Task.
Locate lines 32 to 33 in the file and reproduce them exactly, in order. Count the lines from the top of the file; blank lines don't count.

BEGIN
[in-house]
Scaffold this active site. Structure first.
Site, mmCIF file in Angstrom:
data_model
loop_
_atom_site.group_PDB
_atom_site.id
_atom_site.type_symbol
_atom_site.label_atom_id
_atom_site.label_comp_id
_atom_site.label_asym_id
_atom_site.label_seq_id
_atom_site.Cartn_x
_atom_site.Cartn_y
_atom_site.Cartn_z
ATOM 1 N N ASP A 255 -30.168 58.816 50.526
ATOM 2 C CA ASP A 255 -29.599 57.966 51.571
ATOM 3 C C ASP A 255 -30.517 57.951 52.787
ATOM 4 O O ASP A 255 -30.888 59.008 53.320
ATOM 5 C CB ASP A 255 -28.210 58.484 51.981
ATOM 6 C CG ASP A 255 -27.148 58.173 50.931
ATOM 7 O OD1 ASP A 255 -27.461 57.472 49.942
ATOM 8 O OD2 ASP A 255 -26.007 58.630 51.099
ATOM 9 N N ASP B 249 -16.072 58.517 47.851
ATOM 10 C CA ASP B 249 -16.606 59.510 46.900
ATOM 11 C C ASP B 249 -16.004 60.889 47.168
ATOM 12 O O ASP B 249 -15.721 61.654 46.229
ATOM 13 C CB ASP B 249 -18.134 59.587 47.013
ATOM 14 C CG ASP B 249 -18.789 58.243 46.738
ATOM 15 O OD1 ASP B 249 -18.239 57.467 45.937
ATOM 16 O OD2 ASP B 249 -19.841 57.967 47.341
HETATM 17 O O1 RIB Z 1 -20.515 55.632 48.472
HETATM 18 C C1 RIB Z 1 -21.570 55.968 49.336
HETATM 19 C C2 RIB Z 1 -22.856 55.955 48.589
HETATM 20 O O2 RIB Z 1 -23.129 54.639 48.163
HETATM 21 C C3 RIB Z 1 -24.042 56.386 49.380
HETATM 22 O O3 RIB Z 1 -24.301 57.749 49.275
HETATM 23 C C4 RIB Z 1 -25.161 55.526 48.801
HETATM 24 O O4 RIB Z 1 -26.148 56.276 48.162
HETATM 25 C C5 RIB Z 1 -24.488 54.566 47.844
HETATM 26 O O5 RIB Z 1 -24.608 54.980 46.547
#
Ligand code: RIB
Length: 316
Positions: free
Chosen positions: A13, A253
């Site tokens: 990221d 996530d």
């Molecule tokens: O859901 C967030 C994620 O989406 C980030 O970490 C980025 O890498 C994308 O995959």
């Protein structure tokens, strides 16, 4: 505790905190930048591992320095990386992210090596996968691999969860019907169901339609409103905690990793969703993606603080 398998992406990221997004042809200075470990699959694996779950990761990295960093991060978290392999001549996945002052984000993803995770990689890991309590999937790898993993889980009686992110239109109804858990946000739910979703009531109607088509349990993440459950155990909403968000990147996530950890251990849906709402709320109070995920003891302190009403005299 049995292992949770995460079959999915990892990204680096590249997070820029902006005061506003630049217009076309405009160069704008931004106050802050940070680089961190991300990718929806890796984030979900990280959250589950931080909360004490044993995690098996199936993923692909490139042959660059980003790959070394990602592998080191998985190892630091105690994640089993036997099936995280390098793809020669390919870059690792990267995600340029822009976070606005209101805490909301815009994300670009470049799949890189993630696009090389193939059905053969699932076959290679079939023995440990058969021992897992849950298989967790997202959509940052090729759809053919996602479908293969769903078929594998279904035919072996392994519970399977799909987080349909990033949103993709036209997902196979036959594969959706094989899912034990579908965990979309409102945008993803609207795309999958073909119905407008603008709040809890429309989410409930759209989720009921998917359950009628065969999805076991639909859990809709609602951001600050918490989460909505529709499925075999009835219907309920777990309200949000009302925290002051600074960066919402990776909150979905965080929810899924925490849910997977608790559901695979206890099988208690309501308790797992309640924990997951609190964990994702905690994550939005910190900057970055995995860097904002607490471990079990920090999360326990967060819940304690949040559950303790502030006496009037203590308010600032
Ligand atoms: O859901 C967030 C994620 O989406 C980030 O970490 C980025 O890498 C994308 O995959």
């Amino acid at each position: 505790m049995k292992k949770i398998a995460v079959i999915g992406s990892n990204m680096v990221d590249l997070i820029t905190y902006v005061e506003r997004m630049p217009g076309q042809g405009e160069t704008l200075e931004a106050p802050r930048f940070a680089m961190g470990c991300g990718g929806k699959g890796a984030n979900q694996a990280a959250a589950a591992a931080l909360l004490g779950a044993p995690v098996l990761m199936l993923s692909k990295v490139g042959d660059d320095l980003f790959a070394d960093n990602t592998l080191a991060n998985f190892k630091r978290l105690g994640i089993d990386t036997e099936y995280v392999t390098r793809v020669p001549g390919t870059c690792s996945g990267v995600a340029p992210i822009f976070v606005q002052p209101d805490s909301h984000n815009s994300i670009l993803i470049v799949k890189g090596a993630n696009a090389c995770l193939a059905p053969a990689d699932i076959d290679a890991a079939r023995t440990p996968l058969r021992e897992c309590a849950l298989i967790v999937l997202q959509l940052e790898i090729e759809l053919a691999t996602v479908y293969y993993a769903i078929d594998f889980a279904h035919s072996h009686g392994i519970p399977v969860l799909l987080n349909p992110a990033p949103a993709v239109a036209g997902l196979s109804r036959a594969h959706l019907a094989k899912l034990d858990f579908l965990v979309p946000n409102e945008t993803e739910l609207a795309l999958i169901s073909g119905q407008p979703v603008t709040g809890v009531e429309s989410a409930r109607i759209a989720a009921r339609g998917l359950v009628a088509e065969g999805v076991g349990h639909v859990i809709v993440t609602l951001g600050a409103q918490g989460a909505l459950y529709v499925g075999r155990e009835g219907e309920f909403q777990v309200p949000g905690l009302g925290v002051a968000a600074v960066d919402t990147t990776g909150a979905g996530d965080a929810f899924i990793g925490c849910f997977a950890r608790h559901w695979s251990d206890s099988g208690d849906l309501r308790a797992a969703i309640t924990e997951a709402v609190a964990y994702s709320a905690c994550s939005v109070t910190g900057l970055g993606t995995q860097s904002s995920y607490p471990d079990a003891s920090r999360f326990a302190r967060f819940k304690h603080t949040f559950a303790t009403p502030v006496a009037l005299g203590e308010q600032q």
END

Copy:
HETATM 17 O O1 RIB Z 1 -20.515 55.632 48.472
HETATM 18 C C1 RIB Z 1 -21.570 55.968 49.336